Policy Shift Good News for Medical Marijuana Advocates

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KSBW (California)

Policy Shift Good News for Medical Marijuana Advocates

Dozens of Dispensaries Raided Under Old Policy

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Medical marijuana is displayed in Los Angeles August 6, 2007. (Mario Anzuoni/Reuters)

SALINAS, Calif. - Attorney general Eric Holder announced Wednesday that federal agents will no longer go after marijuana distributors that comply with state law.

Under the Bush administration, pot dispensaries in California were raided by DEA agents for breaking federal law even though they're legal in the state.

"We have tinctures, the medical form in the 30s," said Lisa Molyneux, Greenway Dispensary founder.

Molyneux owns the first licensed pot dispensary in California. She's also a thyroid cancer patient who said there's no substitute for medical marijuana.

"When I was first diagnosed and recommended to use medical cannabis, there were only seven clubs in California. It was very hush-hush," Molyneux said.

Now there are hundreds of buyers' clubs in California.

But, dozens of them were raided by DEA agents under the Bush administration for violating federal law, which lists marijuana as a "schedule one drug" -- along with heroin -- which means it cannot be prescribed as medication.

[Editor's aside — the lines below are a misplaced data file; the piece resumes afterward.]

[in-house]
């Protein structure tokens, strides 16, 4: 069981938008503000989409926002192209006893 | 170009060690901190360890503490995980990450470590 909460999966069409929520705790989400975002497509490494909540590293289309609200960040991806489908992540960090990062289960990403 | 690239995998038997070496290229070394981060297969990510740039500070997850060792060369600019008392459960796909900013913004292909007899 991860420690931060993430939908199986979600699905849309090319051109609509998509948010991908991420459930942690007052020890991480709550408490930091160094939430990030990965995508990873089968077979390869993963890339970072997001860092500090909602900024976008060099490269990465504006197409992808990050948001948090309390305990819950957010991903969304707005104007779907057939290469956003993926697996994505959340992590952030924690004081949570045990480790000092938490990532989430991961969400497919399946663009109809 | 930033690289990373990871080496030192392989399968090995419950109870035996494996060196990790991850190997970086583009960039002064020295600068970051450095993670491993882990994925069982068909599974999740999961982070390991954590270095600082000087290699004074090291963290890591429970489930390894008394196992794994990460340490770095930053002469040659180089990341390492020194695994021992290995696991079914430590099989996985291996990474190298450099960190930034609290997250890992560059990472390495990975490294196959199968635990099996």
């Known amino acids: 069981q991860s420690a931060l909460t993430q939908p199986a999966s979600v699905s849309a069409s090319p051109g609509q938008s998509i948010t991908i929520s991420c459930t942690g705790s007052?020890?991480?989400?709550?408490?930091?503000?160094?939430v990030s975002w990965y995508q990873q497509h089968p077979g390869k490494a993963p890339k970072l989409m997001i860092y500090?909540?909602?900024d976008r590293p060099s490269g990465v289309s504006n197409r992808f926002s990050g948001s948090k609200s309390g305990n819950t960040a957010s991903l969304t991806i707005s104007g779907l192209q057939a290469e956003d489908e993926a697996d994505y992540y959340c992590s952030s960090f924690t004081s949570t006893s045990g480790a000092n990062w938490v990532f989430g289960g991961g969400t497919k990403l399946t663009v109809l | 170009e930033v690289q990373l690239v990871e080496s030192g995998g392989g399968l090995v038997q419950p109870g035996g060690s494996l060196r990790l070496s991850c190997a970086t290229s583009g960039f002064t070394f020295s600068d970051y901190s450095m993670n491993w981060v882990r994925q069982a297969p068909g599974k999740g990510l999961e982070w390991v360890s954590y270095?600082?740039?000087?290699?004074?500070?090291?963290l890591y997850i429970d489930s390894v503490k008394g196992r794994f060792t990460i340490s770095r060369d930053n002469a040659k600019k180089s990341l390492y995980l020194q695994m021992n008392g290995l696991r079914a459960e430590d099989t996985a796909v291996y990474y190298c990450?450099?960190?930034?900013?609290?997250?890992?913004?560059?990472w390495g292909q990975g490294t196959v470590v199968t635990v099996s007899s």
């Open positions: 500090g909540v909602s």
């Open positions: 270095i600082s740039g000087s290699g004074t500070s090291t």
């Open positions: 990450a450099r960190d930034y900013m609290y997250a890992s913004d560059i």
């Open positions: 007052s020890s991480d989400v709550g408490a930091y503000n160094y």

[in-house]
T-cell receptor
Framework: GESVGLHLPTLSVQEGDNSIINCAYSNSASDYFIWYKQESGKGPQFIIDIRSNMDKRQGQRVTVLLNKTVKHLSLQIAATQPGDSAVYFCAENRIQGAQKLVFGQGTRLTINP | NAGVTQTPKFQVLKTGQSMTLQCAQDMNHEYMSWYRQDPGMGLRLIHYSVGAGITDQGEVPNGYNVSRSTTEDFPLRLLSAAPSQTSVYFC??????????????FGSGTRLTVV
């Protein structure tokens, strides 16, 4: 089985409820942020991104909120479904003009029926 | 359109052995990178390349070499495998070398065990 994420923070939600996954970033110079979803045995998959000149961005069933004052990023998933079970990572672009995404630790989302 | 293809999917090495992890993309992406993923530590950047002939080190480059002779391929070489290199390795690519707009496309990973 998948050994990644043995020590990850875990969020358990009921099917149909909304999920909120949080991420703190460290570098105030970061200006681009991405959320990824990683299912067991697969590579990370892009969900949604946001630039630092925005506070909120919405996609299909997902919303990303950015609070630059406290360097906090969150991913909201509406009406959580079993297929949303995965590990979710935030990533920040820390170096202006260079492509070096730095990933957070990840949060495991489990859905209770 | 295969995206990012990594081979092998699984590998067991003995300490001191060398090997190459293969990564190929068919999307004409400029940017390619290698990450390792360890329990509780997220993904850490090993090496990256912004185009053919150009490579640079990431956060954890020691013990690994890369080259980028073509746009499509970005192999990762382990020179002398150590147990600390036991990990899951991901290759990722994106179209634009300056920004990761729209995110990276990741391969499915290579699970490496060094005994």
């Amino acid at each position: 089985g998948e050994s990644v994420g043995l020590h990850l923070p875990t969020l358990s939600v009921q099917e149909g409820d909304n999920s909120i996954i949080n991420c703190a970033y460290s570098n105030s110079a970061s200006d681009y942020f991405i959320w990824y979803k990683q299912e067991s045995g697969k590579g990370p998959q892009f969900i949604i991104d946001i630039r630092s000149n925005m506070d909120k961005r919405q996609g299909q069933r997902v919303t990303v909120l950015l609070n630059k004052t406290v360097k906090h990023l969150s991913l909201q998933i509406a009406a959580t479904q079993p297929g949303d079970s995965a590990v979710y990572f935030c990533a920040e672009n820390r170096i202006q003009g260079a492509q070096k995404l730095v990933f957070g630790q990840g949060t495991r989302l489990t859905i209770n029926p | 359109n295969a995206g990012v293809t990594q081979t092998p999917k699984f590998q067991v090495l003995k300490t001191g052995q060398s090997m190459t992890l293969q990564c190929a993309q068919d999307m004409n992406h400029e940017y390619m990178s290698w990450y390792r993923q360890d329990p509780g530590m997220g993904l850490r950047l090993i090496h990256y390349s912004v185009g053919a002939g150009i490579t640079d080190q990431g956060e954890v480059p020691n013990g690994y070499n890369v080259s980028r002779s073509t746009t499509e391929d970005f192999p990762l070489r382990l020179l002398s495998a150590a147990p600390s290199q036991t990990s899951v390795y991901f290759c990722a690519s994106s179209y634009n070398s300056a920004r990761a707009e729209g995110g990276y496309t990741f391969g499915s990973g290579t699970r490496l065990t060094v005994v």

"I know it's a valuable medicine and I know all the people it helps," Molyneux said.

Under California Proposition 215, passed in 1996, any person with a doctor's recommendation can grow, use and transport medical marijuana.

Holder's announcement was good news for the Women's Alliance for Medical Marijuana or WAMM. The organization was raided by the feds in September of 2002.

"What it does for us is it's a blessing," said Valerie Corral, with WAMM.

WAMM is not a buyer's club. It's made up of patients who grow and give away marijuana to other patients who can't afford it.

"The issues been so clouded, so much stigma, that it makes it difficult for people who are sick to access medicine. How many of my friends lost their lives whose illness and suffering was exacerbated by the absence of medicine," Coral said.

California was the first of now 13 total states legalize medical marijuana law.

There are about two dozen California medical marijuana cases pending in federal court. The attorney general did not clarify what will happen to those cases under this shift in federal policy.

 

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